To fully understand the disclosed system, it is necessary to understand the operation and structure of a first-in-first-out (FIFO) video line buffer used therein. Referring now to FIG. 3, there is illustrated a representation of the FIFO line buffer. The line buffer comprises a number of cells, preferably the same number of the pixels in one video line. Each of the cells stores one pixel value. If it is assumed that there are N number of pixels in one line of video signal, hence there are N cells in the line buffer as numbered 0, 1, 2, . . . , N-3, N-2 and N-1. When a line of pixel signal, for example p0, p1, p2, . . . , pN-2 and pN-1, is received at the input of the line buffer, the very first pixel value p0 enters in the first cell indicated by 24. The subscript of the pixels p0, p1, p2, . . . , pN-2 or PN-1 indicates the pixel position in each line and also means the vertical or column position in the array of a pixel image, therefore 0, 1, 2, . . . , N-2 or N-1 thereof are sometimes referred to as vertical or column positions herein. Synchronized with a clocking signal that is not shown in the figure, the FIFO line buffer shifts one pixel in one cell to adjacent cell. When all the pixels p0, p1, p2, . . . , pN-2 and PN-1 enter in the line buffer, the first pixel po has reached the last cell 26 of the line buffer. The time it takes to fill in the line buffer with the line signal p0, p1, p2, . . . , pN-2 and PN-1 is exactly the time it takes for the video card or the computer to start to output a second line, numerically about 15 to 30 microsecond depending on what format is concerned. In other words, when the first pixel p0 is shifted out from the line buffer, the very first pixel of the second line is just sent out from the computer and shifted into the first cell 24. The precise timing makes it possible for subsequent processors to perform calculations between two adjacent lines. The implementation of the line buffer is known to those skilled in the art and many forms of computer memories, such as random access memory (RAM), can be used as the video line buffer and are commercially available. The time is preferably guaranteed by the clocking source that generally synchronizes all components in the disclosed system or a clocking source in a computer if the disclosed system is built into the computer. Such clocking source is well known in the art.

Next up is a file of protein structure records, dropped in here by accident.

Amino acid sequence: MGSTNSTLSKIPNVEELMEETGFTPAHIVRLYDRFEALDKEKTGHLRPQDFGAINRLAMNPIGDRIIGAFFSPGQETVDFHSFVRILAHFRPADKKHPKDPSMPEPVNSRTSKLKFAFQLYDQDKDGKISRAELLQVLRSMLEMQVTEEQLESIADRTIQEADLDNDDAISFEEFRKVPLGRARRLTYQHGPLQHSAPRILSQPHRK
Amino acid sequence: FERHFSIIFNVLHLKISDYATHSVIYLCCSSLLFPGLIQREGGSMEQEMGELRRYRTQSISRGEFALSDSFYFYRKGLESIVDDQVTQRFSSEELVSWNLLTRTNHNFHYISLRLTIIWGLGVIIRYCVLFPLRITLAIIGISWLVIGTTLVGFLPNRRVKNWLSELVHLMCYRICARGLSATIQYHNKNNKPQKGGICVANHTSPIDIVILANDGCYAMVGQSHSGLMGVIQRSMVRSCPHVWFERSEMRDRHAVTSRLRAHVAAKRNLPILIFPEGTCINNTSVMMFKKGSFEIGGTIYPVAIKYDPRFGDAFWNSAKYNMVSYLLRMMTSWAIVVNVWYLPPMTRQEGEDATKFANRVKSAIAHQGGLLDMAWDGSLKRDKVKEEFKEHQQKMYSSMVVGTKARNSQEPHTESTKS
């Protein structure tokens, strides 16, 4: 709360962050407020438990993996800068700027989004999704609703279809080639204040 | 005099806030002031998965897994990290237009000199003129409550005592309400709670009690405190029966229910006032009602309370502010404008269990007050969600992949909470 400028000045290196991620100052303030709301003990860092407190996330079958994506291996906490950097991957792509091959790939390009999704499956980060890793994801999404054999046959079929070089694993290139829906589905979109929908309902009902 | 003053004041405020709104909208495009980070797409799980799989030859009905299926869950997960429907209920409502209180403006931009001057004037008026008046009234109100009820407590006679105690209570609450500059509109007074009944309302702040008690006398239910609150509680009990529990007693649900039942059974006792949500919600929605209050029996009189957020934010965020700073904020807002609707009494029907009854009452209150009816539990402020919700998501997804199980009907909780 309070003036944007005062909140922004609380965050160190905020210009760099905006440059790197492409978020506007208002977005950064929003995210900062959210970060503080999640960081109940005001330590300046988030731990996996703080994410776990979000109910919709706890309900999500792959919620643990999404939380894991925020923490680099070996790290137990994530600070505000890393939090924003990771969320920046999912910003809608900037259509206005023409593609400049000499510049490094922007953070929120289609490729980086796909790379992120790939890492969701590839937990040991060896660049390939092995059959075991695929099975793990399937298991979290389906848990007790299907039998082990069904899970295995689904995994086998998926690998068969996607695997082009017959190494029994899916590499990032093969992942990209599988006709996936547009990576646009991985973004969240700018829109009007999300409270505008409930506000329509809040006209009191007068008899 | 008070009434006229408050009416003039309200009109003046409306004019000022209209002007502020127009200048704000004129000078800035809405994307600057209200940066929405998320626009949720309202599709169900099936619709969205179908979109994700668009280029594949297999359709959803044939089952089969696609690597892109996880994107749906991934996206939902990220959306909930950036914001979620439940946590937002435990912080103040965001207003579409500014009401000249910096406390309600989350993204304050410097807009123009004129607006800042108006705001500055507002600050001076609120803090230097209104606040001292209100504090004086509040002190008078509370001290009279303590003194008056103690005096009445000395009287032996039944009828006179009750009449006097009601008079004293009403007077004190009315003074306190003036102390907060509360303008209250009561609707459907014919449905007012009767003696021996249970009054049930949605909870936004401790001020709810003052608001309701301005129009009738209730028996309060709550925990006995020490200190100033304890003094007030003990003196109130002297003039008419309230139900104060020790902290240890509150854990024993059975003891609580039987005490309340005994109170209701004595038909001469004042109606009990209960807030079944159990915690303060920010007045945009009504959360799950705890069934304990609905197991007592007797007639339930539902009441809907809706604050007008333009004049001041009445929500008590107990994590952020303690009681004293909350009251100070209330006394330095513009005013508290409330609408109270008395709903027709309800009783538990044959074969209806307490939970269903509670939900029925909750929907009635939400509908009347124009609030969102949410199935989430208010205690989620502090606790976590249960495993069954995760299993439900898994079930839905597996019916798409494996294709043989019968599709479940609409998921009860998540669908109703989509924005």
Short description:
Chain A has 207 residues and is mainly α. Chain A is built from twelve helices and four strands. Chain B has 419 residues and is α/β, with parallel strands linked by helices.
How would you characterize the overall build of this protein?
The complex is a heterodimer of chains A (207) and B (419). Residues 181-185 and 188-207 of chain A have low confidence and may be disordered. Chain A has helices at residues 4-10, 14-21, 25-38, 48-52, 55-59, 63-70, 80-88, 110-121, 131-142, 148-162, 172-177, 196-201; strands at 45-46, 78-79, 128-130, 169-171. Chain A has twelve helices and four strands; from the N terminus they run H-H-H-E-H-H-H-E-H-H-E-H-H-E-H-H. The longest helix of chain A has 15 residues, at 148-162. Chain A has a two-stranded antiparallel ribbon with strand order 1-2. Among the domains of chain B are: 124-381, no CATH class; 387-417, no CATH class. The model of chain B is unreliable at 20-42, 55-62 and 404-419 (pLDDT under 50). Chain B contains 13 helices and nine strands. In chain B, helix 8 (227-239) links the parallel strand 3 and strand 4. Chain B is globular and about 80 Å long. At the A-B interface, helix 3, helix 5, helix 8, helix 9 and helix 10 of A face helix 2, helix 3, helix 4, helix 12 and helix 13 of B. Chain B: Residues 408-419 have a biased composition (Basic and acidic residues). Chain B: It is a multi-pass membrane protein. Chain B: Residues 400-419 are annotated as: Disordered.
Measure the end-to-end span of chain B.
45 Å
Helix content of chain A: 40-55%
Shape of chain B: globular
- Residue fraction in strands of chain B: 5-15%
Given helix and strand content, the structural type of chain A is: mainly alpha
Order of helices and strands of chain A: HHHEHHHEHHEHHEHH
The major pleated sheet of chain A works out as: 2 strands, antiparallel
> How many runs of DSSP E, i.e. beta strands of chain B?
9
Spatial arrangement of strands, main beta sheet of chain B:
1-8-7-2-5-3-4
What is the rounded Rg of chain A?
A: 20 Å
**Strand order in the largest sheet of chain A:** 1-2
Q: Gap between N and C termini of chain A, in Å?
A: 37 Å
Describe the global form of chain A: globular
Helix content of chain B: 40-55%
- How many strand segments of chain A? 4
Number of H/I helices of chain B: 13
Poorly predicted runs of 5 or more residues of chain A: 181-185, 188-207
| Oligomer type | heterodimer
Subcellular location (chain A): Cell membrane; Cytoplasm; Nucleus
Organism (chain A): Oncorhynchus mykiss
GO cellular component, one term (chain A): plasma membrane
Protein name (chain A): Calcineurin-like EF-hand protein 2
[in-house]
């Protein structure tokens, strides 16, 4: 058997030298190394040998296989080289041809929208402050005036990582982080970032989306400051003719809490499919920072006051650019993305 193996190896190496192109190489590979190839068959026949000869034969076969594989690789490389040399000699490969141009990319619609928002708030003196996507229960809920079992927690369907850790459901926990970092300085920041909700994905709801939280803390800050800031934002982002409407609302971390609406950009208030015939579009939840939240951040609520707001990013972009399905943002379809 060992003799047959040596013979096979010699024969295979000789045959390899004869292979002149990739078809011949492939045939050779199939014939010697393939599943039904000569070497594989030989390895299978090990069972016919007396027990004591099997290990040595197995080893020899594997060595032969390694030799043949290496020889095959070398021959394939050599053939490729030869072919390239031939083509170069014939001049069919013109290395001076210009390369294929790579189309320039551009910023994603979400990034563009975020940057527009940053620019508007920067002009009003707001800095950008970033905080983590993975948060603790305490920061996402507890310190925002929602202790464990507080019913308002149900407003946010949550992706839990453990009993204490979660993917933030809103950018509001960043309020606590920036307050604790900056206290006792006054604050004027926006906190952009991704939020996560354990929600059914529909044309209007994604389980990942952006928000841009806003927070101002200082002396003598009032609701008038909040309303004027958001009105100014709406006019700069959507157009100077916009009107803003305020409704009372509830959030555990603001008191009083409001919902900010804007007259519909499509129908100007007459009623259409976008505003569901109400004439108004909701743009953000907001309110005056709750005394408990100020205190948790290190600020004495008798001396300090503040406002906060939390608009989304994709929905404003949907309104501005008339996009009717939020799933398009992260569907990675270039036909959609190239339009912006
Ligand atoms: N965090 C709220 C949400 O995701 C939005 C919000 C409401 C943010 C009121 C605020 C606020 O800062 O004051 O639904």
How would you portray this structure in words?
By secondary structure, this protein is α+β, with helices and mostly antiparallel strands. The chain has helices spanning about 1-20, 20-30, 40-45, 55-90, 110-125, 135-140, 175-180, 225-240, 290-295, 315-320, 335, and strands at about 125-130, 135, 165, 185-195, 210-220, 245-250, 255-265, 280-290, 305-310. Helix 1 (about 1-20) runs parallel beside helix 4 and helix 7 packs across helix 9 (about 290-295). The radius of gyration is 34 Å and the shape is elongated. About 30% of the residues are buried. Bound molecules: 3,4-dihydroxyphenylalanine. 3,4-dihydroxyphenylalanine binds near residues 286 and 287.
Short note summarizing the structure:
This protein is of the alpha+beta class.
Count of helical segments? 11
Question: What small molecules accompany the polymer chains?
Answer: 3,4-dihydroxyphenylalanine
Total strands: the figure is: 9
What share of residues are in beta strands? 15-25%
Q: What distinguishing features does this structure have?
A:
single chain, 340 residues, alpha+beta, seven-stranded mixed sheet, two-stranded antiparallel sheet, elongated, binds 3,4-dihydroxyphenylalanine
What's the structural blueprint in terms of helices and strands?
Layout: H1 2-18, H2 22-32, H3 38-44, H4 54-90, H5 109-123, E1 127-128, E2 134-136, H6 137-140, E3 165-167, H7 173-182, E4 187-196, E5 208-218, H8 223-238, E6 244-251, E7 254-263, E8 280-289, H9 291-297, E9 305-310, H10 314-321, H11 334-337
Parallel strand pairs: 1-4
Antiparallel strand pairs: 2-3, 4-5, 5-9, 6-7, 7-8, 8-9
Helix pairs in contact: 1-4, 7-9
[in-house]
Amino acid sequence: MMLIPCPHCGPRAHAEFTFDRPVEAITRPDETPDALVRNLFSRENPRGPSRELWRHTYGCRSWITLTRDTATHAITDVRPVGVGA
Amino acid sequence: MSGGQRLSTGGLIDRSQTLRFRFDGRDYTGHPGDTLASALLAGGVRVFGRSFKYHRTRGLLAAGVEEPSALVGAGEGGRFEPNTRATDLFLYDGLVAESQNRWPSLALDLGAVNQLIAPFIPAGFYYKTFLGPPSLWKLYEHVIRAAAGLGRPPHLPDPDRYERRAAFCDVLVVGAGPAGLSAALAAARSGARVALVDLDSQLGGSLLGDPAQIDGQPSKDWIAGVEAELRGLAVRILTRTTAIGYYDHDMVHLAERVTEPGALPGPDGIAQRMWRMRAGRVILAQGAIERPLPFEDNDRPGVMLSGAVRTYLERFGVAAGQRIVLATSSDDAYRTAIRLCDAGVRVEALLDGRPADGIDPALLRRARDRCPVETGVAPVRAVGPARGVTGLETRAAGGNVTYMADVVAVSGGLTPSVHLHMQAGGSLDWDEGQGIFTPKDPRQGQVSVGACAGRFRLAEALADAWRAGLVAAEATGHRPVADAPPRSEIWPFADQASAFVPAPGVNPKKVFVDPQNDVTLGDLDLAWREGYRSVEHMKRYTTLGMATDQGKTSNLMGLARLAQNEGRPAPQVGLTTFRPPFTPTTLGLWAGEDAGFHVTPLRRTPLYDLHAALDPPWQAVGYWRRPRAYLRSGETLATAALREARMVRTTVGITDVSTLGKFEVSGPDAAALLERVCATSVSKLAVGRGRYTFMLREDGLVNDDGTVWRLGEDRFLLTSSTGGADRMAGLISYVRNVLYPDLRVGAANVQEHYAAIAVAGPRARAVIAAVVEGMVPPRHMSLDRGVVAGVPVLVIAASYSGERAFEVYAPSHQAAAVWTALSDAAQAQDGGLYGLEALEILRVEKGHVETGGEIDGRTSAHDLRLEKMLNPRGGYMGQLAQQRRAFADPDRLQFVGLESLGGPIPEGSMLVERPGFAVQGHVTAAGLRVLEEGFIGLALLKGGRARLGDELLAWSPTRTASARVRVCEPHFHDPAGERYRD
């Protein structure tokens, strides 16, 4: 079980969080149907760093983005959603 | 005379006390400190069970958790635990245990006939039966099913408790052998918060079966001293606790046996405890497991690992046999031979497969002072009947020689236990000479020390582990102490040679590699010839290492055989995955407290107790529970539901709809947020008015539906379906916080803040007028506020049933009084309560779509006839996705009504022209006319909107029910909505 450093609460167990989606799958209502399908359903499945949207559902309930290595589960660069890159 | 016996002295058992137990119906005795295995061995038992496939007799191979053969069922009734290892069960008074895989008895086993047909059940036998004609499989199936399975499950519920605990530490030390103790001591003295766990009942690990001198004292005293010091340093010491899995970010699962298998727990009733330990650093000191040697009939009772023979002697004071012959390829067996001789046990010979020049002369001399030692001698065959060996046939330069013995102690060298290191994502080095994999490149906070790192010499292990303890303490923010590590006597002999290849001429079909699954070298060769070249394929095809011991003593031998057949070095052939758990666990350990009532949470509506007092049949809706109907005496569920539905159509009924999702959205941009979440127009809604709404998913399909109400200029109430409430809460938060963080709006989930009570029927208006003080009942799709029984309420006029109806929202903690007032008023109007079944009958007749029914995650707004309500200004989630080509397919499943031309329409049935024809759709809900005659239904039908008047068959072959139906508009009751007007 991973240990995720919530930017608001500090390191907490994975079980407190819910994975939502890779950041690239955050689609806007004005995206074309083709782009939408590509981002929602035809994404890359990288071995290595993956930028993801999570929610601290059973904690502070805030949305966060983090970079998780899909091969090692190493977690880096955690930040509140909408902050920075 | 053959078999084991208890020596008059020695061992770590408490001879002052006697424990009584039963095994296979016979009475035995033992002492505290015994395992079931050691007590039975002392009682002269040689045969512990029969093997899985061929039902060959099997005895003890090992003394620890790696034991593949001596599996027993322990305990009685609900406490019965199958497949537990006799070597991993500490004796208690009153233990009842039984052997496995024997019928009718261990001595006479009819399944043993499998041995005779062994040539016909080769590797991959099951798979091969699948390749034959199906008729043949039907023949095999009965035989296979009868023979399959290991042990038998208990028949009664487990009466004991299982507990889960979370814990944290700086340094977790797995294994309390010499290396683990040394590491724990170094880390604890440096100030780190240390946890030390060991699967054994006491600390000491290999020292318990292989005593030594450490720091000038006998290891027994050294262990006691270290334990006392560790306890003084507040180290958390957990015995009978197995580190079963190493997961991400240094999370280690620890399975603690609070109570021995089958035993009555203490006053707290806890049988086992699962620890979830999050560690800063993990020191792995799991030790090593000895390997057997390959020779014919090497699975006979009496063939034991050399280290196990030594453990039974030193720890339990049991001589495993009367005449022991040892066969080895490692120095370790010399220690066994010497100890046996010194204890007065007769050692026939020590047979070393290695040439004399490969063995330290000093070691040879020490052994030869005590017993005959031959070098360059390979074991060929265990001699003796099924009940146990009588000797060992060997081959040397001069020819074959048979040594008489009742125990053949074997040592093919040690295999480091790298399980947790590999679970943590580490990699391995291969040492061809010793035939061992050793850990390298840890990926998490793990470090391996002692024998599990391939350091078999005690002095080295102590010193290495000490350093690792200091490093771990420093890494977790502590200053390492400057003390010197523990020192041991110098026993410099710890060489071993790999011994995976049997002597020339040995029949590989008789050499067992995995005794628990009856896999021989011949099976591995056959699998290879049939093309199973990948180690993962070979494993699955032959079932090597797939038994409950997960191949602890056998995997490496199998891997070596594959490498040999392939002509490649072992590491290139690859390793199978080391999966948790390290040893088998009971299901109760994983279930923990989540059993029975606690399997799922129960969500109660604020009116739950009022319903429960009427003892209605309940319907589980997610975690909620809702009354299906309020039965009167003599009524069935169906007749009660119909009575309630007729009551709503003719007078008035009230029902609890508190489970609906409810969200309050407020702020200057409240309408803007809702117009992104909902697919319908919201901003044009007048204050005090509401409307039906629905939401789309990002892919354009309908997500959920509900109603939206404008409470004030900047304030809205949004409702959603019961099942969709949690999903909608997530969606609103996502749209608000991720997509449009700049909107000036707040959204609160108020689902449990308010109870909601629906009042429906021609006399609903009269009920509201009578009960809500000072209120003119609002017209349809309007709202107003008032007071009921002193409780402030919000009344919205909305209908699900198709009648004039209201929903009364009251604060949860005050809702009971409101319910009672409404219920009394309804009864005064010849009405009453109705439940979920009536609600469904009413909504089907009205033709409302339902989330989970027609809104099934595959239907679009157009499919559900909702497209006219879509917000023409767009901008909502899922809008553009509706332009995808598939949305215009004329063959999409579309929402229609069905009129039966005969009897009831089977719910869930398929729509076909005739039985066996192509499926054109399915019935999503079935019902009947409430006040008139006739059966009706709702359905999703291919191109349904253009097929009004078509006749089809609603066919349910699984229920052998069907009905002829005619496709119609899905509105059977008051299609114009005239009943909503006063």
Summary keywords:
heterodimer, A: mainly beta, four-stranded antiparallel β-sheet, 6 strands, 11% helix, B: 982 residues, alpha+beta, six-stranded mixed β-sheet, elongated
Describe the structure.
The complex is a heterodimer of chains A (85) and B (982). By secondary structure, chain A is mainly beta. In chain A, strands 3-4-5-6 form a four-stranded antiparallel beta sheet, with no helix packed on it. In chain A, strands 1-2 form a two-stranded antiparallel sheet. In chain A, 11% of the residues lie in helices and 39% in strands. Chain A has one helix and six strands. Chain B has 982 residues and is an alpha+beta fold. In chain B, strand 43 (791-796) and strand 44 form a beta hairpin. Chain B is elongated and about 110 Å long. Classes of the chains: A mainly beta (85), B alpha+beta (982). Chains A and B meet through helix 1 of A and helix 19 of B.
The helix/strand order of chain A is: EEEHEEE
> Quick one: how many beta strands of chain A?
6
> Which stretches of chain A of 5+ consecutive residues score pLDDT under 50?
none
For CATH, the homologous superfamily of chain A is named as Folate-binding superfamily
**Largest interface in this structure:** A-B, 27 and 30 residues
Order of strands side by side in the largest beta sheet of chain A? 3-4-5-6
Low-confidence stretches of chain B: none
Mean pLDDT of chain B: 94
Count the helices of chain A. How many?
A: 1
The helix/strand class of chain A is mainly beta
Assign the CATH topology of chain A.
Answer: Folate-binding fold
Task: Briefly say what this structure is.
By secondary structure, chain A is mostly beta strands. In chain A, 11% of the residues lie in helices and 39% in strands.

According to one preferred embodiment of the present invention, FIG. 4 shows the architecture for reducing flicks in video signal conversions. Referenced by 52 is an input that can be the non-interlaced video signals from a non-interlaced video source such as the one described in FIG. 1. The video signals comprising a number of line signals, as illustrated in FIG. 2, come in sequentially line by line and each of the video line signals comprises a fixed number of pixels, e.g. 512 or 640 pixels in a line. When a line of signal comes, it goes along two paths 54 and 56 respectively. In the path of 54, a line signal, or every pixel in the line, is multiplied by an adjustable parameter a1 at a multiplier 58 and goes to the output adder 60. In the path 56, the line signal is multiplied by another adjustable parameter a0 at a multiplier 62 and goes to an adder 64. The adder 64 adds the output of the multiplier 62 to an output from a FIFO line buffer 66 and sends the result to a multiplexer 68. As illustrated, the multiplexer 68 receives a second input from the output of the multiplier 58. With the two inputs, one from the adder 64 and the other from the multiplier 58, the multiplexer 68, controlled by an even/odd line select control signal 70 selects one input therefrom according to the even/odd control signal 70. The even/odd line select control signal 70 is to control the passage of either an even line signal or an odd line signal, namely either a signal 74 from the adder 64 or a signal 76 from the multiplier 58. It is understood to those skilled in the art that the even/odd line select control signal 70 can be generated from a commercially available pulse counter or directly from the input signal 52. The FIFO line buffer, as described in FIG. 3, comprises preferably the same number of memory cells as the number of pixels of a line signal from the input 52 such that each cell houses one pixel. As the line signal comes sequentially, a newly arrived pixel enters the FIFO line buffer 66, there must be a previously stored pixel moving out from the FIFO line buffer 66. The output 72 of the architecture 50 is from the adder 60 that combines the output from the multiplier 58 and the output from the FIFO liner buffer.
The process involved in the architecture can be summarized with the following operational relationship:
Odd (even) lines:
buffer input=buffer output+a0 ×input; Op.1
Even (odd) lines:
output=buffer output+a1 ×input; Op.2
buffer input=a0 ×input; Op.3
where the pair of parenthesis correspond to one selection, that means either the odd lines or the even lines are disregarded such that the corresponding even lines or odd lines are for the output. Operation 1 or Op. 1 shows that an input to the FIFO line buffer is generated by selecting the signal 74 from the adder 64, combining an output shifted out from the FIFO line buffer with the output from the multiplier 62 while the output 72 is disregarded, which means the even numbered lines are not to be used. For an immediate following even line signal, output 72 is formulated according to Op. 2 meanwhile the buffer input is generated by selecting the output 76 from the multiplier 58 as shown by Op. 3.